I have an uncanny ability of NOT being able to understand people with accents. This particular ability wasn’t as noticeable when I was living and traveling within a three-hour radius of Northwest Ohio. I can speak Putnam County well. However, living just 25 minutes from the most diverse city in the world, this ability is proving to be problematic. And, more of a disability.
Have a European accent? Sorry, I can’t understand you. Have a South African accent? I’m sorry? Have a Middle Eastern accent? Pardon? Seriously, it’s ridiculous. Husband noticed it first when a woman with an Eastern European accent took my order at a restaurant several months ago. How many times can a girl ask, “Excuse me?” before it becomes too redundant or too frustrating? I thought maybe I’d get better as time passed and I encountered more and more English-as-a-second-language (ESL) speakers, but this has not been the case.
I’m beginning to wonder if my hearing is disappearing, too.
Take today for instance. I got my hair cut by a young Turkish-Iraqi woman. She was lovely. She and her family moved to Canada from Iraq two years ago. Almost everyone in her family is a stylist. Two of her brothers work in the states. She has a 7-year-old and an 11-year-old. The 11-year-old is good at cutting hair, too. Those are the key points I picked up. Her accent? Thick. Maybe even as thick as the day she arrived here. Which could be why I’m now sporting a boy cut. Hhmmm.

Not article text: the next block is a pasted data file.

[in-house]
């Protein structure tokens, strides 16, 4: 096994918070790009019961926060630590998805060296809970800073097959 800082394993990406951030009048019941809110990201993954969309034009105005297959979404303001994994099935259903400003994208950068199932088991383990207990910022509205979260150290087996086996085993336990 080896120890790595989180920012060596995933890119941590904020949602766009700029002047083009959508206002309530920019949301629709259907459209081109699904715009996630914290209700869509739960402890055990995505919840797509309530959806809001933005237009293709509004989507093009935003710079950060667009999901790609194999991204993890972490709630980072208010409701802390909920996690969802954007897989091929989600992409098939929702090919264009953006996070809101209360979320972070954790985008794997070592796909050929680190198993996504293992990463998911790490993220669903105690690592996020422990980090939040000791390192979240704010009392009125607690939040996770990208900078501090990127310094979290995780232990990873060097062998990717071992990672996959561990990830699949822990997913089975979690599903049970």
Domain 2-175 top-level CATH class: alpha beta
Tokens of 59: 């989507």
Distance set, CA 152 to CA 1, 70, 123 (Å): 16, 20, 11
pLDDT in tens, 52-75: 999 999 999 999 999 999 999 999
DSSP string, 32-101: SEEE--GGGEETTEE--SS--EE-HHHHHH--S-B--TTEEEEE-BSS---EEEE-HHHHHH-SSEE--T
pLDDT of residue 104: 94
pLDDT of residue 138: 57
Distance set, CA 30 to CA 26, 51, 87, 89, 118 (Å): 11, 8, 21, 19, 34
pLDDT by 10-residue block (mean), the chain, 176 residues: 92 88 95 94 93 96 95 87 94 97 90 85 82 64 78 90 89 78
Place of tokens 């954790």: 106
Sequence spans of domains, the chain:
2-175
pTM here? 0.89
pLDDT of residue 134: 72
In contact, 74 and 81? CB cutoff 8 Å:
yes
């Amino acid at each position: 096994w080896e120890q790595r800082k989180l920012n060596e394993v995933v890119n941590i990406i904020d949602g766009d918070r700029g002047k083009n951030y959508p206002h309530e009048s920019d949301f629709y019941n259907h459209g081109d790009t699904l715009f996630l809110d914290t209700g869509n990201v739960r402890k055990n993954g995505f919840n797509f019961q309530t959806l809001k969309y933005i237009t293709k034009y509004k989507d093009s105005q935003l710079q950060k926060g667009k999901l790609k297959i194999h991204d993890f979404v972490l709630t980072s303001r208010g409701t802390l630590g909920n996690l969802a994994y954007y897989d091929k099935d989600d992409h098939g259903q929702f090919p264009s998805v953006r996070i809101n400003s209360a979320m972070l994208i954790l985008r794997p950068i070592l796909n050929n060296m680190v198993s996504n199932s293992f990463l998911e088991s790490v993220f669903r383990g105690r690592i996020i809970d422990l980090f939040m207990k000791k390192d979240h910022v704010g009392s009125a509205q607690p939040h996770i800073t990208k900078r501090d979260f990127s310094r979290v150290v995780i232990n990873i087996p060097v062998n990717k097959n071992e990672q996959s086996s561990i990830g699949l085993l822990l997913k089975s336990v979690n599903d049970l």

Anyway, I noticed she understood me for the most part, but I was at a loss for much of the conversation unless I asked her to repeat herself two and, unfortunately, sometimes three times. Thankfully, she was very patient. Good thing, too, because she was holding the scissors.
I got to thinking about ESL speakers trying to understand native English speakers. That can’t be a walk in the park particularly early on in the learning process. My interactions with foreign-accented individuals also have me thinking more about my own speaking and how I talk too fast and, from time to time, mumble. I’m not sure where I picked up the latter, but neither attributes are fantastic when talking with heavily accented individuals.
So, I’m working on it. Working on slowing down and working on asking those I cannot understand to repeat themselves. Two and three times if need be. Nancy Friedman, president of Telephone Doctor, an international customer service training company, based in St. Louis, Missouri, has some helpful advice for those of us who are new to interacting with foreign accents.
- Don’t pretend to understand. It’s OK to admit you’re having difficulty understanding someone and to ask him/her to repeat themselves more slowly.
- Don’t rush.
- Don’t shout. Turns out people with accents aren’t necessarily hard of hearing.
- Don’t be rude.
- Always smile. Smiles are understood no matter the accent.
You can read her entire article here. These are all good things to remember. And, no worries, I can understand Husband’s miniscule Canadian accent just fine. I’ll continue practicing with all the other accents I encounter.